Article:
The boundary between seniors and old people has shifted over the years. Some people are deemed old because they are grandparents—even at forty-five. Others become old when they retire, regardless of age or circumstance. Despite getting a seniors’ discount at age 50, or 60 or 65, some folks don’t fit the definition because of their mindset, Social Security or not. Now that Social Security eligibility in the United States is headed toward 70 and a whole lot of folks are still working, old age might never be attainable. The physical and mental changes can sneak up on us, though. Wrinkles and liver spots, gray hair (if you have hair), reduced lung capacity and voice changes wrought by loss of elasticity are signs of aging. But the mental changes, namely forgetfulness and full-blown dementia, are the more frightening. Depressed mood is common.
Because “out of sight is out of mind” may be truer than we like to think, grandma and grandpa may be among the forgotten, especially if they live more than a few hours distant from the rest of the family. If still a couple, the septuagenarian or octogenarian pair might fare quite well. But if left alone, by death or incapacitation, faring well might be history. Those over age 75 may not be as helpless as they were a decade ago, but their nutrition status is probably the same—miserable. Were it not for assisted living facilities or equivalent communal arrangements, or for home care organizations, or even for dedicated family, many seniors would be categorically undernourished or malnourished. One reason is being alone at the table. The isolated person waits for hunger to drive him to eat, often being satisfied with a bowl of high-carb-low-protein cereal, a can of super-salty soup, or a questionably prepared frozen something. Being alone, regardless of age, has been likened to smoking fifteen cigarettes a day (Cresswell, 2010).
Geriatrics is not the same as gerontology, the latter being the study of the aging process itself, which looks at the psychological and biological aspects. Geriatrics is a sub-specialty of adult medicine that focuses on the aged, which is a time of life determined more by need than by years. An aged body will show a decline in organ systems, some of which can be blamed for choices made earlier in life, including smoking, sedentary lifestyle and poor dietary habits. It’s possible that these can be overcome by quitting, moving and choosing foods wisely.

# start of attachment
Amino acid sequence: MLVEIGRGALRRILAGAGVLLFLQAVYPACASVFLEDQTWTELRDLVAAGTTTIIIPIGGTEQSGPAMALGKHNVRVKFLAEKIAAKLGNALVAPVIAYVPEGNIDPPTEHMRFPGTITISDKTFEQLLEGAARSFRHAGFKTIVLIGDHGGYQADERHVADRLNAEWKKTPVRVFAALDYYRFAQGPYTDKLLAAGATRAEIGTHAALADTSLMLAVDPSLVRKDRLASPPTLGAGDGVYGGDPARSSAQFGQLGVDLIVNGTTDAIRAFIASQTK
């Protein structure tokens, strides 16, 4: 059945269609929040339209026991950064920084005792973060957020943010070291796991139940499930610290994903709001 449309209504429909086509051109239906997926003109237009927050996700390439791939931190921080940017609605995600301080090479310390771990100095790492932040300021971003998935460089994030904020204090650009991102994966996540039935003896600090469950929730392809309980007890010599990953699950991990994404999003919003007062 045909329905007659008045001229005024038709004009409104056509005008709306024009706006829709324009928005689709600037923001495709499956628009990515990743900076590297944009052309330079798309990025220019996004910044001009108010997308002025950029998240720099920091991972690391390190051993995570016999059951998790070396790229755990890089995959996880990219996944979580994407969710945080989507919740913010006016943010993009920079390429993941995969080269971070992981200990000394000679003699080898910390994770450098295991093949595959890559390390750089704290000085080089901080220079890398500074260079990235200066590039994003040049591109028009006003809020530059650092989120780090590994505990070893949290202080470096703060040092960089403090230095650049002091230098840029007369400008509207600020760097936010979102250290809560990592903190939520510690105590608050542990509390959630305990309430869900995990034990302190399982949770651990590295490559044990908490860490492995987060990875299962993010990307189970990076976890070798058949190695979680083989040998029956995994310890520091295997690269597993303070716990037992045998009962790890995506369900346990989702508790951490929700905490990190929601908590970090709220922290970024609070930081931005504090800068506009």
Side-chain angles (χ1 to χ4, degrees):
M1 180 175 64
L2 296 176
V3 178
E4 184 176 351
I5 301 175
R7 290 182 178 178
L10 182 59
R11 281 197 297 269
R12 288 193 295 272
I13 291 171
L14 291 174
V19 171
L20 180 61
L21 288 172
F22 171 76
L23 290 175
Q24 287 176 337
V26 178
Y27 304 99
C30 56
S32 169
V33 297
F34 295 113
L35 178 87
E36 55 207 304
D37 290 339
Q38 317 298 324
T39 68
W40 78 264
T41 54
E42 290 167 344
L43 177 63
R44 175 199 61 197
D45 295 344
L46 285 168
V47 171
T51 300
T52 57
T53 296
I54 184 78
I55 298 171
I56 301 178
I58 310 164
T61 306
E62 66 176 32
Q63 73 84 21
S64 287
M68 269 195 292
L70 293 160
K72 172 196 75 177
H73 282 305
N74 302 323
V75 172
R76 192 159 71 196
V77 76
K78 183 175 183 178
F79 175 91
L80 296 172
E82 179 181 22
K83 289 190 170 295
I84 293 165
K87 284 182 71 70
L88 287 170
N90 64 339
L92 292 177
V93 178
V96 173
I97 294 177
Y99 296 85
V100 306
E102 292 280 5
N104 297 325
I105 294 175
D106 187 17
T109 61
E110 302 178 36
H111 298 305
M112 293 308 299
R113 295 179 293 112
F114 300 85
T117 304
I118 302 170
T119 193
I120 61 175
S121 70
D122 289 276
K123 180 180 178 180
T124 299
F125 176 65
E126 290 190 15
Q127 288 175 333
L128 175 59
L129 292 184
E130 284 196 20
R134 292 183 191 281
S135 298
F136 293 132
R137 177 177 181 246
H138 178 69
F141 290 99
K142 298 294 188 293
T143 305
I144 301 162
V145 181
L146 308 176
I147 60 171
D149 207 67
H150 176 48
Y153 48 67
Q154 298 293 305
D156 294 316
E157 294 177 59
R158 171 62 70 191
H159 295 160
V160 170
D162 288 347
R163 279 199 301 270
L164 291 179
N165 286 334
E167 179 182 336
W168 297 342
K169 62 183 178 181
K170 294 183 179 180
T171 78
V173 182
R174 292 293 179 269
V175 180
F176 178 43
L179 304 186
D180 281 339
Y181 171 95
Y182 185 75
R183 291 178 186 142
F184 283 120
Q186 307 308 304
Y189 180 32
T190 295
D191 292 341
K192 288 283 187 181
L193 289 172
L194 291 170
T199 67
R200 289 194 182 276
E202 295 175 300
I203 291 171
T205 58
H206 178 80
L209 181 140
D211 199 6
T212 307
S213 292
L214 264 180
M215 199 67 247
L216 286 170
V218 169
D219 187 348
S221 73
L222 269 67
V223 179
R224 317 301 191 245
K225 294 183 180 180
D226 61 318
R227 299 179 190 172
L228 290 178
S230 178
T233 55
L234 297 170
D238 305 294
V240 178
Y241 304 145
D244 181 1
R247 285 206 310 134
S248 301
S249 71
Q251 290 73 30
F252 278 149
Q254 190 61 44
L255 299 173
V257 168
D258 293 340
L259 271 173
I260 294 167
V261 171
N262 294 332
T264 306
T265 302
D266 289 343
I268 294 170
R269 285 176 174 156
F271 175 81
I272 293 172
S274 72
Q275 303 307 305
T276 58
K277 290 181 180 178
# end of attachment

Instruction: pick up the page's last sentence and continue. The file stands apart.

Nutrient deficiency is common in the elderly because of several factors: reduced food intake, lack of variety, medications that cause nutrient depletions, financial insecurity, poor oral condition, loss of gustatory sensation, and other dreadful conditions, among which are an uncaring family and a desolate social life. There are some things a single senior can do to help ensure more wholesome intake. Eating away from the kitchen, as on a porch or patio, might excite appetite. Setting the table with a placemat and flowers to brighten things up can make a difference. Inviting neighbors or sharing cooking time helps to encourage mindful eating. The bottom line is that nutrition is a major determinant in aging well because it promotes health and functionality.
Meals have often added a sense of security and meaning to life. That’s hard to get when alone. A single who is sedentary also has a reduced energy need. If a comparable reduction in energy intake is not made, body fat will increase, partly because of choosing foods that are energy-dense instead of nutrient-dense. This concern requires closer attention than at any other time of life.
Dehydration is a form of malnutrition that is a major problem among those over eighty. Blunted thirst sensation is partly the cause, but so too are medications, cognitive decline and fear of incontinence. Besides constipation, cognitive decline can worsen and death can result from inadequate hydration.
Without enough protein, frailty, lowered immune function and impaired wound healing are issues to face. The RDA of 0.8 grams of protein per kilogram of body weight still holds true in old age. In fact, a little more protein can help to prevent sarcopenia, the wasting of muscle mass attributed to aging. Up to twice as much is still healthy.
The depression that is known to accompany bereavement causes malnutrition and leads to unfavorable outcomes. Loss of appetite in such a situation is common, but the encouragement to eat by a caring family or empathic social network can stave off negative consequences. Measurement of depressive symptoms using accepted diagnostic tools indicate that as many as forty percent of seniors fit the category, with a considerable number being malnourished, the two states being reciprocal (Ahmadi, 2013) (Mokhber, 2011).
Maintaining nutrition homeostasis is a challenge in the elderly to begin with. Those who are homebound by choice or by chance don’t realize their dietary needs. Some don’t care. But it’s necessary to provide enough protein to maintain tissue integrity, muscle mass and immune function. We mistakenly think that old age translates to limited kidney function and that protein will unnecessarily tax kidneys. That’s not always the case, especially if hydration is adequate. Someone needs to be there to lead the parade. Loneliness is a complex response to lack of company or to feelings of being disconnected. It can occur even in a household filled with people. As odd as it may sound, loneliness interferes with good health by increasing susceptibility to viral attacks and by intensifying inflammatory responses to stressors (Jaremka, Aug 2013, Jul 2013). The prospect of eating alone reduces appetite, but the opposite is true. Being with family and friends is the best appetite stimulant for the elderly.
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